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Virginia Tech shooter’s videos

April 20, 2007 @ 22:14 By: gordon Category: Current affairs

There’s been a lot of discussion over the last couple of days as to whether the videos sent to NBC by Seung-Hui Cho should have been aired. CBC was the first broadcaster to declare that they would not show the videos nor pictures of Cho holding guns. FoxNews changed its mind and stopped airing them and other news outlets, including CNN, have established policies on the use of the footage on their networks.

Should NBC have aired the footage? I don’t think they should have.

People who commit atrocious acts like this often want to receive attention and be remembered. Having their images and videos appear on virtually every television station and newspaper front page means that they’ve achieved this goal. Because many news outlets have websites, this inevitably means that it’s going to be immortalized forever because the Internet never forgets. Other people who are perhaps teetering on the edge of committing a similar act will see this attention and some will decide that it’s the way they can be remembered by history, as grusome as that may be.

One deterent would be to virtually eliminate this opportunity for celebrity by refusing to air the videos, pictures and writings that people like this create. It would go a long way to the person being little more than Seung-Hui Cho, 23, killed 32 people at Virginia Tech before taking his own life. No good is served by giving them an ever bigger soap box than they’ve already got.

The event was sad enough without having to subject the families of Cho’s victims to his rantings. And this includes Cho’s family.

Four days after the terrible shootings in Virginia, on the eighth anniversary of the Columbine shootings, a NASA contract worker at the Johnson Space Centre in Houston took two hostages, a man and a woman, and ended up killing the man before taking his own life. One has to wonder if this would have taken place if Cho’s videos and writings hadn’t been published.

CBS News’ website has an article that talks about NBC’s releasing the videos. It ends with the following, which I think hits the nail squarely on the head:

…FBI profiler Clint Van Zandt told MSNBC’s Tucker Carlson: “He wants to be able to reach his hand out of the grave and grab us by the throat and make us listen to him one more time.” He got his wish.

Incidentally, I have not seen any of the videos that Cho left behind and I have no desire to. My life will not be enriched by my seeing them.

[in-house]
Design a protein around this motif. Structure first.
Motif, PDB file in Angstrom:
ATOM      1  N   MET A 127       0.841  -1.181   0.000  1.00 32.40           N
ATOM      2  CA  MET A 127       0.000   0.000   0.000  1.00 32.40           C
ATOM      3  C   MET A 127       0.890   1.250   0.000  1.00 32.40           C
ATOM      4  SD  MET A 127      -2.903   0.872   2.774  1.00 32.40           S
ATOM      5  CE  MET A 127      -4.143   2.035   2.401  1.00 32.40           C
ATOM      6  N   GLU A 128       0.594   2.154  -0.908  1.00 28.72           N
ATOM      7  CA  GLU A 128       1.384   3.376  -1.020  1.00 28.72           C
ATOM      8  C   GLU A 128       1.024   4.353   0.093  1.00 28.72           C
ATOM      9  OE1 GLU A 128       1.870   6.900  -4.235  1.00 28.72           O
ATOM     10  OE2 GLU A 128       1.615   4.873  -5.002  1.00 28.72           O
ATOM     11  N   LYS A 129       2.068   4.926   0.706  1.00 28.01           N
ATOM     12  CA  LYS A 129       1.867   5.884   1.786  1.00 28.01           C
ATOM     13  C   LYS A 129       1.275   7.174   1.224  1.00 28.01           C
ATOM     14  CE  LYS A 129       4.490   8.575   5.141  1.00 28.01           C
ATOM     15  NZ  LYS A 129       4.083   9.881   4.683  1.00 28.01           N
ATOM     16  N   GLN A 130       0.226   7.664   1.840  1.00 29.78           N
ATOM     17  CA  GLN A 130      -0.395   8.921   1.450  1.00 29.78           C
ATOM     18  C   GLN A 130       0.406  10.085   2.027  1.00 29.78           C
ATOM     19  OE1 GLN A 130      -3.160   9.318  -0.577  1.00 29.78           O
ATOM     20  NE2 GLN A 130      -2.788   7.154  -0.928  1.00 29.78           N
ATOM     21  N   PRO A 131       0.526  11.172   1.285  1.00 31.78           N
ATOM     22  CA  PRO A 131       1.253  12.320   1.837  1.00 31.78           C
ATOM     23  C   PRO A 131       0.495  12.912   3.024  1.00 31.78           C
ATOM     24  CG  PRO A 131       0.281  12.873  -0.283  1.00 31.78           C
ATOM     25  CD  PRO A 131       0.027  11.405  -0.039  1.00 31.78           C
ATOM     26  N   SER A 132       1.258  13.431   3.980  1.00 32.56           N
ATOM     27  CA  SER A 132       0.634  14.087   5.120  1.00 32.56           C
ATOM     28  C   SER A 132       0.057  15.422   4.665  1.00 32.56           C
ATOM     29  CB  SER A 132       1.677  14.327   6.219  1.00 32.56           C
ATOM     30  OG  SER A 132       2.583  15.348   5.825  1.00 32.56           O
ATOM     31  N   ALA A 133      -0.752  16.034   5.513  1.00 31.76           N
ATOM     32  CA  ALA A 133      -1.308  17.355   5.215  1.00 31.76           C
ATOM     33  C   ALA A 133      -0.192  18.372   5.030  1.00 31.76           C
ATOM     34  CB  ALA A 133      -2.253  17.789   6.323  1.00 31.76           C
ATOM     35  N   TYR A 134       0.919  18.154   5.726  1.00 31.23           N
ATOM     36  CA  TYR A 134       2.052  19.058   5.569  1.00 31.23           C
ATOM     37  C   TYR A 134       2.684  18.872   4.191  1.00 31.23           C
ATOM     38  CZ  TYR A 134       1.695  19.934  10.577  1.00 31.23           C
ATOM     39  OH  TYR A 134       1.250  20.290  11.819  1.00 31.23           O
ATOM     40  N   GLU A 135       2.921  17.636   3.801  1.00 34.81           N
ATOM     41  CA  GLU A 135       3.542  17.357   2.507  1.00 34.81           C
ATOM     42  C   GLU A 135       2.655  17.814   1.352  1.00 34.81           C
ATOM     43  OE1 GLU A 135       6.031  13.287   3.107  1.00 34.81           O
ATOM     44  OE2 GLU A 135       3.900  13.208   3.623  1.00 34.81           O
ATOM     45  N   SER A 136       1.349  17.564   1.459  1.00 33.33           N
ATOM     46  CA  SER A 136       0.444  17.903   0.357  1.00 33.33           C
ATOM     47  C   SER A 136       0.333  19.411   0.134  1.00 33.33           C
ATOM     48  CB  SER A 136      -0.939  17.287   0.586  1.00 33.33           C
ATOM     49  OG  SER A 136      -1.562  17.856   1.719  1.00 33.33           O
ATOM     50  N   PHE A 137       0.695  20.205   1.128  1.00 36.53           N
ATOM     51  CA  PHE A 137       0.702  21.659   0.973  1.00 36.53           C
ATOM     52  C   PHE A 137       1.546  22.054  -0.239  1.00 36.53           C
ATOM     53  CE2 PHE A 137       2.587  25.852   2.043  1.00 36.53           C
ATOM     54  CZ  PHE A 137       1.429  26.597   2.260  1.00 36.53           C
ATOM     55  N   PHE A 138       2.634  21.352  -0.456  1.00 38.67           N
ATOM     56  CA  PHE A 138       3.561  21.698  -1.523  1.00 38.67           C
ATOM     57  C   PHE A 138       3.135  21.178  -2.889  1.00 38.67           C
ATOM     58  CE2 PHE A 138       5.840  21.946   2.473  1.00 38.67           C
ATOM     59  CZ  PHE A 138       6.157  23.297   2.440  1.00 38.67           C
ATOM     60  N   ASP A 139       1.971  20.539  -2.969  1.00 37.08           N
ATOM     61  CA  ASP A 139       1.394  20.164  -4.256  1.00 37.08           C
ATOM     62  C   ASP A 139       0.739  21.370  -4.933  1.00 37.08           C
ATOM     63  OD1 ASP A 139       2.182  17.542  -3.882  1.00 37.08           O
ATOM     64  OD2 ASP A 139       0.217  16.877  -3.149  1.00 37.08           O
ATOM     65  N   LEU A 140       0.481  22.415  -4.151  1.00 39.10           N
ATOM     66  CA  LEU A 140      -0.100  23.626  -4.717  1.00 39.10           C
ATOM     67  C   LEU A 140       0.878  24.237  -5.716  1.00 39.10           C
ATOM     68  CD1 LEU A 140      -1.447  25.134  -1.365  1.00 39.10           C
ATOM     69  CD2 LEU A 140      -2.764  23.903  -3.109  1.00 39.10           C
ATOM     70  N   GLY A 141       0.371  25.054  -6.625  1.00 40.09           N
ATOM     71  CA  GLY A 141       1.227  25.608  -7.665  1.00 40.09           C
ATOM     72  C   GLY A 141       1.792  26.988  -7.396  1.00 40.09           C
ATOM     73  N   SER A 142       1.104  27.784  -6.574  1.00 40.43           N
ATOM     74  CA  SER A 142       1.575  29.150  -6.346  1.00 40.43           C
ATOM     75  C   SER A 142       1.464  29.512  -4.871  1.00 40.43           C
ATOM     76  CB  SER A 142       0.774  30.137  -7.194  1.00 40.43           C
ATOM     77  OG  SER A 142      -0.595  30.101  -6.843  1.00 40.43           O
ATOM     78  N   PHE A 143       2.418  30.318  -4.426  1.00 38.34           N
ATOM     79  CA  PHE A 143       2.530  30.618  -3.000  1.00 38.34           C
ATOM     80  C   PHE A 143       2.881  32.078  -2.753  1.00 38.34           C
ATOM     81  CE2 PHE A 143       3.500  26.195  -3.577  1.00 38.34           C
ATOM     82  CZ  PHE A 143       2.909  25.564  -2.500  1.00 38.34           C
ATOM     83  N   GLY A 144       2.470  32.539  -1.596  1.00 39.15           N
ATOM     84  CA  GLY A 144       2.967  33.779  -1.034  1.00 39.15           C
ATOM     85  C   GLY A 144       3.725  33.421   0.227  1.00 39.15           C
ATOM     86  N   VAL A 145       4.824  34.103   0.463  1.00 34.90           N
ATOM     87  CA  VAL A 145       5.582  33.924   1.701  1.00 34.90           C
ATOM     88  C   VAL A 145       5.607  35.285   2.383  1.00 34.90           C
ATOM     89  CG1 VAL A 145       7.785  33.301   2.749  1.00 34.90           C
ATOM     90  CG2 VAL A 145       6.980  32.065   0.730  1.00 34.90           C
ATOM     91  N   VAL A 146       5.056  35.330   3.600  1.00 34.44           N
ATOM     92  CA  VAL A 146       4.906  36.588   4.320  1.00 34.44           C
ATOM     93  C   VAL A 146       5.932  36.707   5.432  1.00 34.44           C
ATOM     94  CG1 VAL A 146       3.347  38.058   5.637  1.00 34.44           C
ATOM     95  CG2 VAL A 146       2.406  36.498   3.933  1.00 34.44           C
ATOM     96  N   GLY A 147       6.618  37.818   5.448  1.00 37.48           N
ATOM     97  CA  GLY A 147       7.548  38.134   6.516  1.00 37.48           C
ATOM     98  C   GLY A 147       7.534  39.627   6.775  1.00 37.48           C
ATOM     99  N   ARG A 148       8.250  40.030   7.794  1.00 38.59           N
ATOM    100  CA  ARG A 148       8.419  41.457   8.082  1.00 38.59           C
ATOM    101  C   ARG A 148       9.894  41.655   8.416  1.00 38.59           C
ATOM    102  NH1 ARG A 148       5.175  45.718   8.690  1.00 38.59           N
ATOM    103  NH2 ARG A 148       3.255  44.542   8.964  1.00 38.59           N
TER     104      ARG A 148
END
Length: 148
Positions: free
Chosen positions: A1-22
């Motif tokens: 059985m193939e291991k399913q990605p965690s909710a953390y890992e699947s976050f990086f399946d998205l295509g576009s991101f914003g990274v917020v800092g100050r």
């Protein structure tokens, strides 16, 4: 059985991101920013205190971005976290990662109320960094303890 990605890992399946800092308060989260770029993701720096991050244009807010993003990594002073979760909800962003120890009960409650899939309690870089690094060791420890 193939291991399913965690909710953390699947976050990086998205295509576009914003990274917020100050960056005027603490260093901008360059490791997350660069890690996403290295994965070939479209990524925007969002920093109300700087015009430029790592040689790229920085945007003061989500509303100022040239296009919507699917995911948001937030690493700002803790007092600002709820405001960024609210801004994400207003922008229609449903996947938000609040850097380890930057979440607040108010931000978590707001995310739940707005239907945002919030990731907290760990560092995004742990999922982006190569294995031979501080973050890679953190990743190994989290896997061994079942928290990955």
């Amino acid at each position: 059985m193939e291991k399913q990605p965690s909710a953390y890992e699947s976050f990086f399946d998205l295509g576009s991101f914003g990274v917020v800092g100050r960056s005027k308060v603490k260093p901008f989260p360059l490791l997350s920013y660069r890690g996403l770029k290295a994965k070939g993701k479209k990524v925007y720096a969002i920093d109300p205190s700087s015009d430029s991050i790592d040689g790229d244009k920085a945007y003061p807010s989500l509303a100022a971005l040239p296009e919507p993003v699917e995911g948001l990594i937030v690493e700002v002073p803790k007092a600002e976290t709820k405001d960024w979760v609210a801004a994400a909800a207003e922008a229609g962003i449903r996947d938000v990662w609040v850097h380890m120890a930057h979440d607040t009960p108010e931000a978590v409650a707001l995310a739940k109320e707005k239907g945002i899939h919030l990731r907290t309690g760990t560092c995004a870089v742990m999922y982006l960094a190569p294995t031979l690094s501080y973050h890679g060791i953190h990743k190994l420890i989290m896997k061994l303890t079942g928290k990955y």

My condolences go out to the families, friends, students and staff at Virginia Tech; the families, friends and co-workers of the NASA employees; and everyone affected by the shootings eight years ago at Columbine.

One Response to “Virginia Tech shooter’s videos”


  1. Trashy says:

    Good piece Gordon – though I must admit that I have been of two minds over this issue.
    Admittedly, I have had some problems with the media coverage of many of the “bad” things happening in our modern world. Afghanistan, Iraq, etc. could benefit from more details, not less. By sanitizing the news through choosing what to air and not to air, the media outlets are constructing a culture of “avoidance” – that is, if we cannot see the nitty-gritty – the real dirt that is happening and that disgusts us – well, is it really there? Is it something that the populace can readily identify with and critically assess? Avoiding the horrible reality of places like Iraq, Afghanistan and Darfur plays into the hands of governments who want to pursue unpopular foreign policy objectives with as little blow-back as possible from the electorate. It is not state-sponsored censorship, but it may as well be.

    I don’t like seeing the body bags and funerals for our troops or the American troops in Iraq. It must be very hard for military families to be reminded of the dangers that their loved ones face every day on the battle fields – and I cannot imagine the grief it elicits from those families who have lost a son, husband, wife, daughter or father or mother.
    But I think that by not seeing the terrible images coming from places like Iraq, we are sanitizing what is truly happening and much of the possibility of true assessments of the worth of the mission is lost due to lack of the full picture.

    But the Virginia Tech shootings were different. NBC did not air information that helps viewers assess their government’s performance vis ŕ vis their foreign policies abroad, but it served no useful purpose whatsoever. I don’t buy the argument that by not showing the video, we are desensitizing ourselves to a reality that is part of our 21st century life. This is simply not the case. This was a sick man who chose to act out his aggression on scores of innocent individuals. It was madness, pure and simple. And to repeat what Gordon has stated – no one’s lives have been enriched by seeing these videos.



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